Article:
• Vol. 39 No. 9, 714–718
  • 15 September 2010

Botulinum Toxin A for Idiopathic Detrusor Overactivity



Introduction: This prospective study aims to evaluate botulinum toxin type A (BTX-A, Botox®) as a treatment for idiopathic detrusor overactivity (IDO) for patients with symptoms of overactive bladder (OAB).

Materials and Methods: Nineteen patients with IDO were treated with intradetrusal injection of 200 units of BTX-A under cystoscopic guidance. There were 10 males and 9 females, with a mean age of 60 years (range, 38 to 87). Subjective responses were measured using the International Prostate Symptom Score and quality of life (QOL) score, as well as incontinent episodes, functional capacity and voiding intervals obtained from the voiding diary. They were recorded prior to, and at 6 weeks, 3, 6 and 9 months after BTX-A injections. Urodynamic studies were performed between 6 weeks to 3 months post-treatment.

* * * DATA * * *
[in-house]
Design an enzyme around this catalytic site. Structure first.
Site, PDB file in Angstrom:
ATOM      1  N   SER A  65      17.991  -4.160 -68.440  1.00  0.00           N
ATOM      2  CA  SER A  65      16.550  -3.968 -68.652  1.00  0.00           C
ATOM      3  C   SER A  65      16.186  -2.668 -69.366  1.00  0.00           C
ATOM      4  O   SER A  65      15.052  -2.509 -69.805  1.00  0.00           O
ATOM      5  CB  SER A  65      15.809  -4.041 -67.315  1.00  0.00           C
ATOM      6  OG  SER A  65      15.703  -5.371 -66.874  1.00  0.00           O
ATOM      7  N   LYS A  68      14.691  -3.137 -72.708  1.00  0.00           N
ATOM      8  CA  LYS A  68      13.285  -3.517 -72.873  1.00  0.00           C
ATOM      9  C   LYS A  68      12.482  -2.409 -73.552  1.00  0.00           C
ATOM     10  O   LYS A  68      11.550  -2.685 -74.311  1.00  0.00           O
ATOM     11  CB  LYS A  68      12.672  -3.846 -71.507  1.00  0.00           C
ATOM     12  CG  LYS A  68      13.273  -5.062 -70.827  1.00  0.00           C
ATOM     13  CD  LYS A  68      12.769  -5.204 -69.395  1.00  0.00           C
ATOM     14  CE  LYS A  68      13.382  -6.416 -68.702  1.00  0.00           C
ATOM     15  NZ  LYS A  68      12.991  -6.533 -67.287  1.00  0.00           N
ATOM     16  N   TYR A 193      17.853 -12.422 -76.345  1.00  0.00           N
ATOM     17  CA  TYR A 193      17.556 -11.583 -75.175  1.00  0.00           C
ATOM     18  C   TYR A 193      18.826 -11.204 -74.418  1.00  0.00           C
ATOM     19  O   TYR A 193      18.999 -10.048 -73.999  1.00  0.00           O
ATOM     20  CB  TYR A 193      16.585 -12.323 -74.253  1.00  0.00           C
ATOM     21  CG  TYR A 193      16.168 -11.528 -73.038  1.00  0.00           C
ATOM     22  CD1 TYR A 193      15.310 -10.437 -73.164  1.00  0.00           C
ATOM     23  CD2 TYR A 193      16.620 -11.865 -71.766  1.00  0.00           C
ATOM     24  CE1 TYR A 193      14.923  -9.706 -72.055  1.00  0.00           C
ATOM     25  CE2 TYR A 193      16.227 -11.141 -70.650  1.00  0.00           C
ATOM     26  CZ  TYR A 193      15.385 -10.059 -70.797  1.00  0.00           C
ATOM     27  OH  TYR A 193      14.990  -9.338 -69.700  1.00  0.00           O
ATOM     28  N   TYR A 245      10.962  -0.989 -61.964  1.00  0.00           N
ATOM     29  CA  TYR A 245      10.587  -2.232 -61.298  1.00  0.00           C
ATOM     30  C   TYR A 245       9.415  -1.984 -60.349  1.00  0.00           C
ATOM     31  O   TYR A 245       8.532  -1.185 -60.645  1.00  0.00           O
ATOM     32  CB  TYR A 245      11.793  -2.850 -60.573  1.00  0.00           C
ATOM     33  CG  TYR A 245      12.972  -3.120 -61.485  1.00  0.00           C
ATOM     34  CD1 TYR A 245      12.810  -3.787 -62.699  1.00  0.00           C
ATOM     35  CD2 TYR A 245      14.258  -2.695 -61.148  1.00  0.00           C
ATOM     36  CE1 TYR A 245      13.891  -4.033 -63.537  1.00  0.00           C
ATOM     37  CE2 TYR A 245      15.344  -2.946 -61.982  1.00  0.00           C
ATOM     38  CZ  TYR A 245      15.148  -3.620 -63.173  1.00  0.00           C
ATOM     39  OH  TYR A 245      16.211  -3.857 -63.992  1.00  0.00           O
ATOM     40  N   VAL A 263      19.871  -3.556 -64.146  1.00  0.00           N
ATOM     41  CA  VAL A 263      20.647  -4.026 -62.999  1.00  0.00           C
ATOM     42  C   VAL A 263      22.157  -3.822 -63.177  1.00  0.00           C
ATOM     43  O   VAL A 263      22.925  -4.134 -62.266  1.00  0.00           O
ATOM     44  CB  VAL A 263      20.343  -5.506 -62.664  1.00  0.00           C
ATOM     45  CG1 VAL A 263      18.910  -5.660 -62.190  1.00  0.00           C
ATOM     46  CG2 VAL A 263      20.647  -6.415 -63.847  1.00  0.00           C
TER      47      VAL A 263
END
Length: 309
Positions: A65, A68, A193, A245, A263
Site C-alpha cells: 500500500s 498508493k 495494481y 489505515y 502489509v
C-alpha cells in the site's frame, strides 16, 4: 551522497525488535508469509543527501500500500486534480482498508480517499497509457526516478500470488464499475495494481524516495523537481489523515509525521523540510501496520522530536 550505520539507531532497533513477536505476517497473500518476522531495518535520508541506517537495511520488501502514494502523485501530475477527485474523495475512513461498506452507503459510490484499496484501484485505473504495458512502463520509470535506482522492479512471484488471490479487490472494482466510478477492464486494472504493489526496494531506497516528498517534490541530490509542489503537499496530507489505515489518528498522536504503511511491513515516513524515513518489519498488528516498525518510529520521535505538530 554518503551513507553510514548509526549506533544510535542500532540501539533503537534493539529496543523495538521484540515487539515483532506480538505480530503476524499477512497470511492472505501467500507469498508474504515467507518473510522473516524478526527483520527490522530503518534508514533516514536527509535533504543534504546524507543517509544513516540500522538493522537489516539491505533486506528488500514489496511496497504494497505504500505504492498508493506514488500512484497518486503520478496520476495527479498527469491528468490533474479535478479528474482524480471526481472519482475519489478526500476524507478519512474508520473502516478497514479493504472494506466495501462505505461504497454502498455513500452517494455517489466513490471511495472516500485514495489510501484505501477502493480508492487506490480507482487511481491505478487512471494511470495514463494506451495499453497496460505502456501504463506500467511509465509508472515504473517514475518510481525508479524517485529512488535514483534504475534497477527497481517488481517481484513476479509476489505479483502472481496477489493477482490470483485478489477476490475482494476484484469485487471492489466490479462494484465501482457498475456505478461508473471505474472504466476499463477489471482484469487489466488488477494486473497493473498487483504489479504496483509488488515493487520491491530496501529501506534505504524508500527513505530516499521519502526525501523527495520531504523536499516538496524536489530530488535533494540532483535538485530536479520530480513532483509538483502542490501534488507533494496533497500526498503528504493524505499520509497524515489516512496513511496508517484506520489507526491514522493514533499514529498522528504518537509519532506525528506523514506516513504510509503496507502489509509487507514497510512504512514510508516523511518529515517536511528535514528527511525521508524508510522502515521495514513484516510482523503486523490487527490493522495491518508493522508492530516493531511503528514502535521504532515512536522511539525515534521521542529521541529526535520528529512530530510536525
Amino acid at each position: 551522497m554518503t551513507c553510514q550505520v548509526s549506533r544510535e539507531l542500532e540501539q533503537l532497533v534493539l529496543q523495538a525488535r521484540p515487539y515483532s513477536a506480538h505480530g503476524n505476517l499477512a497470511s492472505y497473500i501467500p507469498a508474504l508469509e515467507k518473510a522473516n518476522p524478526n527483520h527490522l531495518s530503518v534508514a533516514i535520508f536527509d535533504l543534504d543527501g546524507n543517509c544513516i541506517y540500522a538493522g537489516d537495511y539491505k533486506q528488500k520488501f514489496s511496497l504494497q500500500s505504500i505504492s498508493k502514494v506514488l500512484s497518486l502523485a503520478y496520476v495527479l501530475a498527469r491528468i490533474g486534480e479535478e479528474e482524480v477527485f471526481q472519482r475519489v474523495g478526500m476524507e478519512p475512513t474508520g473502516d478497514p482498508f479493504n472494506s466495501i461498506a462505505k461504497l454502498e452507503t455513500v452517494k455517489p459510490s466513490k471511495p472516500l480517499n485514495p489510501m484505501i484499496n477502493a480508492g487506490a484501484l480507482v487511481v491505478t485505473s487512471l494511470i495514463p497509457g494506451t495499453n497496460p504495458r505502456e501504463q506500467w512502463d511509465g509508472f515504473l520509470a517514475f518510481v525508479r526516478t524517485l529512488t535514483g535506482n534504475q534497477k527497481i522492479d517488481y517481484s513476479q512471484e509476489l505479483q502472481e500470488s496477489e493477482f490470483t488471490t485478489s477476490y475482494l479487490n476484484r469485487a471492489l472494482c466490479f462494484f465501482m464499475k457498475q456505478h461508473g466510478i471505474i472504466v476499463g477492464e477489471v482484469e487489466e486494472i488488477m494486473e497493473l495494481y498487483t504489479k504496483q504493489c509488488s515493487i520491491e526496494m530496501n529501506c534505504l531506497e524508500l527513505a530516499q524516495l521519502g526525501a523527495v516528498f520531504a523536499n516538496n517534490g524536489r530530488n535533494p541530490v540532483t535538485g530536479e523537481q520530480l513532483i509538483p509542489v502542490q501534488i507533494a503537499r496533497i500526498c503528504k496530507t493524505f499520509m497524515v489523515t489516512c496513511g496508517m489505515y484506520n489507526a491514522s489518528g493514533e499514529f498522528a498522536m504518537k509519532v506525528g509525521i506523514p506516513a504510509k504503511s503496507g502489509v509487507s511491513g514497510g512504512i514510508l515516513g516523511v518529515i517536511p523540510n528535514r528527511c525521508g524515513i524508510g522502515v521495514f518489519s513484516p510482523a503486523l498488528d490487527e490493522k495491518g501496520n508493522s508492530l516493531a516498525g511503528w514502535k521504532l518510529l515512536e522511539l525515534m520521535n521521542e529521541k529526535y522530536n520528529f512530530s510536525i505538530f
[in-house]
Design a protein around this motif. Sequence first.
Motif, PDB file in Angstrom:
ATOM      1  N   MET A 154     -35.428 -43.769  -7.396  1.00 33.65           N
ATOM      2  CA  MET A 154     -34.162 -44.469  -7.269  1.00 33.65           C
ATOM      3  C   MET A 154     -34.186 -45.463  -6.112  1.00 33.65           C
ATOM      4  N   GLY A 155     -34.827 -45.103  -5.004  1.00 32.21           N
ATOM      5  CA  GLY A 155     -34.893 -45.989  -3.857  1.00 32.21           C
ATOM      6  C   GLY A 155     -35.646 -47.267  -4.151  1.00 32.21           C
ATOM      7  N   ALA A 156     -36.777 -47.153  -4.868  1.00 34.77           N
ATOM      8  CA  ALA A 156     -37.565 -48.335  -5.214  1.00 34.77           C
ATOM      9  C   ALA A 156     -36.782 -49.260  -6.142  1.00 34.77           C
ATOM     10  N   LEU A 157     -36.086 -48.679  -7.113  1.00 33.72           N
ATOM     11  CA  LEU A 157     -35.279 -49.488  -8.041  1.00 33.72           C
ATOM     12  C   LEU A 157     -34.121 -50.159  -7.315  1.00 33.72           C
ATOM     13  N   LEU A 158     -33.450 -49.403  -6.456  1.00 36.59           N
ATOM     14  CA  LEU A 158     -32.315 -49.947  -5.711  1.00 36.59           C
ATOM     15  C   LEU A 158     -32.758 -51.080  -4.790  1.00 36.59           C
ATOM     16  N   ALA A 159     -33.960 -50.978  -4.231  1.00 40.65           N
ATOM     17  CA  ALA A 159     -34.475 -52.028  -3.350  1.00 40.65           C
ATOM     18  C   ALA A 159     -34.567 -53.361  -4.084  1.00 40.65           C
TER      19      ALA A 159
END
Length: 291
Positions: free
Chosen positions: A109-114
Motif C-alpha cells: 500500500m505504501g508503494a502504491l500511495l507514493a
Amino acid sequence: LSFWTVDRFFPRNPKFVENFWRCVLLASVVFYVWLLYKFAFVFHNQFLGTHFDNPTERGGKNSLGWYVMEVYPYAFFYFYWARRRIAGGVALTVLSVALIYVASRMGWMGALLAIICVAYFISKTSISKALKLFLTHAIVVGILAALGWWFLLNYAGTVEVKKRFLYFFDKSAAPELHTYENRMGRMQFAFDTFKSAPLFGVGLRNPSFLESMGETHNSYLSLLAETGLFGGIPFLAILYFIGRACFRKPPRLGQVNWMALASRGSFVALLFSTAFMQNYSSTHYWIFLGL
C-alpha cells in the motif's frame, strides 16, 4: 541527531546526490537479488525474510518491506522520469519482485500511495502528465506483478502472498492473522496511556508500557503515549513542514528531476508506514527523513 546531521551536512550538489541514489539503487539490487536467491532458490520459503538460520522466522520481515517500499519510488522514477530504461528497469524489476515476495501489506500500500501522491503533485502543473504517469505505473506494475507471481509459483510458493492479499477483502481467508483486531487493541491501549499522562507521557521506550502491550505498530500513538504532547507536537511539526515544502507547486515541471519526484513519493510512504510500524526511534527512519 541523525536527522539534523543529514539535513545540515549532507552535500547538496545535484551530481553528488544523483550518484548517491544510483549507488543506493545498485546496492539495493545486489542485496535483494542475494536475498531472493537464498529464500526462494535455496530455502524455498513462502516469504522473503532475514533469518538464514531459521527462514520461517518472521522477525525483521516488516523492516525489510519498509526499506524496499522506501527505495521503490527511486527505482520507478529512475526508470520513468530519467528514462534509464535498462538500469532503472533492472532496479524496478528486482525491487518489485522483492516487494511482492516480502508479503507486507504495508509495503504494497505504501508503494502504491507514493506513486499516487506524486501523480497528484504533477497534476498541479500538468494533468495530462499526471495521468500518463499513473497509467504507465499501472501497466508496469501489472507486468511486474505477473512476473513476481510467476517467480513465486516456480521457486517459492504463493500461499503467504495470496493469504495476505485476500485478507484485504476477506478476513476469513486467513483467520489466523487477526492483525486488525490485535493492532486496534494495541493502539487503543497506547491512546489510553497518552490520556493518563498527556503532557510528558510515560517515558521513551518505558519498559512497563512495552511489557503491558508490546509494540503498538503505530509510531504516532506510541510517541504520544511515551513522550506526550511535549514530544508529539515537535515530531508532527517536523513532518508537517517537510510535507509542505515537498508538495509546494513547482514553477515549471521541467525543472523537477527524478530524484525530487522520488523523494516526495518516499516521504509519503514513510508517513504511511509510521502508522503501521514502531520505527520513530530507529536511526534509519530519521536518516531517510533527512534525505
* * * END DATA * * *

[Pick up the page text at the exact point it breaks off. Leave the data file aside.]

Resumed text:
Results: There was statistically significant improvement in subjective parameters at 3 months post-treatment involving QOL (P = 0.002), incontinence episodes (P = 0.004), functional capacity (P = 0.01) and voiding interval (P <0.001). Reflex volume was significantly increased (P = 0.003), and maximal detrusal pressure (P = 0.001) as well as leak volume (P = 0.013) were significantly decreased during follow-up. Results of a gender-based subgroup analysis reveal that BTX-A may be more efficacious in females. Observed side effects included a patient who needed to perform CISC for about 3 months, a patient who had gross haematuria needed blad der washout and 3 patients who required treatments for urinary tract infection.

Conclusion: Overall BTX-A, which is well received by most patients, has become a very important part of the armamentarium for the treatment of IDO.

Overactive bladder (OAB) is characterised by feelings of urgency to urinate, with or without incontinence and is usually accompanied by frequency and nocturia. These symptoms are due to involuntary contractions of the detrusor muscle.

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